For nearly four decades, the identity of the subject of Carly Simon’s “You’re So Vain” has remained an official mystery while fans speculated that icons like Warren Beatty, Mick Jagger and the singer’s ex-husband James Taylor were the egocentric man. But now Simon has reportedly offered up a major clue thanks to a newly recorded version of “You’re So Vain” — she’d previously told Uncut that the vain man’s name would be heard when listeners played her new version of the track backwards. The U.K.’s Sun got their hands on the clip, and the backwards track simply reveals the name “David.” (Listen to the reversed clips here.)
The Sun speculates that the David in question is David Geffen — a member of the Rock and Roll Hall of Fame’s Class of 2010 — the head of the label that released “You’re So Vain,” Elektra Records. Allegedly, Simon was displeased with the way Geffen supported her musical rival Joni Mitchell after the Blue singer signed with Geffen’s Asylum Records. The timeline seems to make sense, as Mitchell’s first Asylum album For the Roses came out in November 1972, just weeks before the release of Simon’s “You’re So Vain” in the December of that year.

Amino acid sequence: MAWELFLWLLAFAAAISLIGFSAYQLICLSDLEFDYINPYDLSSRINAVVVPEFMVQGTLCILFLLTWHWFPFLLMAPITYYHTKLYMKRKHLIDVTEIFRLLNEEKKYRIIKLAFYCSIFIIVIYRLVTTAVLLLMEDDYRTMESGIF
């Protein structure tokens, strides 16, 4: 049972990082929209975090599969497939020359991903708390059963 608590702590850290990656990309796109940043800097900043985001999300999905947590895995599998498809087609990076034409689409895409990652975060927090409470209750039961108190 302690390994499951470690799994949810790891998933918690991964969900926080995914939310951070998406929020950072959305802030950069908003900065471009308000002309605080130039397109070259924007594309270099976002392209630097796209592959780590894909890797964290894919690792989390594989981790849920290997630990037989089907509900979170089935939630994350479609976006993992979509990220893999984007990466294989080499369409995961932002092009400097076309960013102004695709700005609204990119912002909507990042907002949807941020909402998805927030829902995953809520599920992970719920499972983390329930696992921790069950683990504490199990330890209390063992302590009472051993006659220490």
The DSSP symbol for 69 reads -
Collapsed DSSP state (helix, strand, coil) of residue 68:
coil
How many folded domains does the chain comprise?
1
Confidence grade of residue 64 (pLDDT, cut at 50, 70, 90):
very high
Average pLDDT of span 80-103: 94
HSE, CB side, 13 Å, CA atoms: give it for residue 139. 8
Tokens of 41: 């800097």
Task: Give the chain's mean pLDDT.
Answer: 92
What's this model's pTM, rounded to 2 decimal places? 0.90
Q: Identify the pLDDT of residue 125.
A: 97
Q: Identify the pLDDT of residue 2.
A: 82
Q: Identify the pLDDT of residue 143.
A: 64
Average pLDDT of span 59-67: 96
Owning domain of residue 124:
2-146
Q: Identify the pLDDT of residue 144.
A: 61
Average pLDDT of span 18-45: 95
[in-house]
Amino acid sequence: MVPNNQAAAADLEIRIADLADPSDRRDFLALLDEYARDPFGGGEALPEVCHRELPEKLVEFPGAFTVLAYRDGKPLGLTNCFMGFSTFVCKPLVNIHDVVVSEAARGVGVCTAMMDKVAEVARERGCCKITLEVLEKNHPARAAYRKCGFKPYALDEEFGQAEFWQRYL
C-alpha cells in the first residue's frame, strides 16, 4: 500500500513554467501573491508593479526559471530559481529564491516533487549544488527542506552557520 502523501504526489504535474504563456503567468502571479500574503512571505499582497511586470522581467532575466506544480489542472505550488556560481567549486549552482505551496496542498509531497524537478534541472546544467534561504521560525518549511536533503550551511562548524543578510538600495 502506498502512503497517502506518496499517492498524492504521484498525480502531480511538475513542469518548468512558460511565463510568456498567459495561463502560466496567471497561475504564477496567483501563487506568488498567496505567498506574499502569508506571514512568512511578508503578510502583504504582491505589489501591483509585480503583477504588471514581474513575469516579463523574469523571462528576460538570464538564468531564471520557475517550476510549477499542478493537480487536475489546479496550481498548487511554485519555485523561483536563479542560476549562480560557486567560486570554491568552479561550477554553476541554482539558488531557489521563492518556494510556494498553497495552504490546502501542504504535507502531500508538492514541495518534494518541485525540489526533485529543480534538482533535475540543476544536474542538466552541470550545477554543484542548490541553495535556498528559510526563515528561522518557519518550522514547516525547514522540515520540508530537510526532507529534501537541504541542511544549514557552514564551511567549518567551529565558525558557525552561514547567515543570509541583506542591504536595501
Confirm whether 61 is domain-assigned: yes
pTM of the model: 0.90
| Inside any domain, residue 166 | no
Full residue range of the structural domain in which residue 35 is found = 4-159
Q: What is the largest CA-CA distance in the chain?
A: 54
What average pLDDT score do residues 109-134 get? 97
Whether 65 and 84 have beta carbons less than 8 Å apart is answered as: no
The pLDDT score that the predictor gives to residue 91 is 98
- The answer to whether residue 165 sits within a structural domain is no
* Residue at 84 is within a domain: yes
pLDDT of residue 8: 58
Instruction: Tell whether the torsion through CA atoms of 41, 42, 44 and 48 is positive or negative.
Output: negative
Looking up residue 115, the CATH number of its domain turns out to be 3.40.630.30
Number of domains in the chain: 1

Simon had long claimed that the person in “You’re So Vain” represented a “composite” of different men she encountered in the early 1970s, and then later refined that statement to say that the subject of the song had the letters A, E and R in their name. WARrEn Beatty and Mick JAggER both fit into that category, but with the revelation of “David” being vain, they’re automatically eliminated. David Bowie and David Crosby have also been mentioned as possible “Davids” from that era, but Crosby lacks the necessary “E” and Bowie had never before been linked to Simon in any capacity. So where’s the “R” in “David Geffen”? The Dreamworks man’s full name is “DAvid LawRence GEffen.” While we’re not stating as fact that “You’re So Vain” is about Geffen, he seems like the most logical candidate.
So the mystery of “You’re So Vain” might finally be solved. At least we still have the curious case of “You Oughta Know.” (Cough)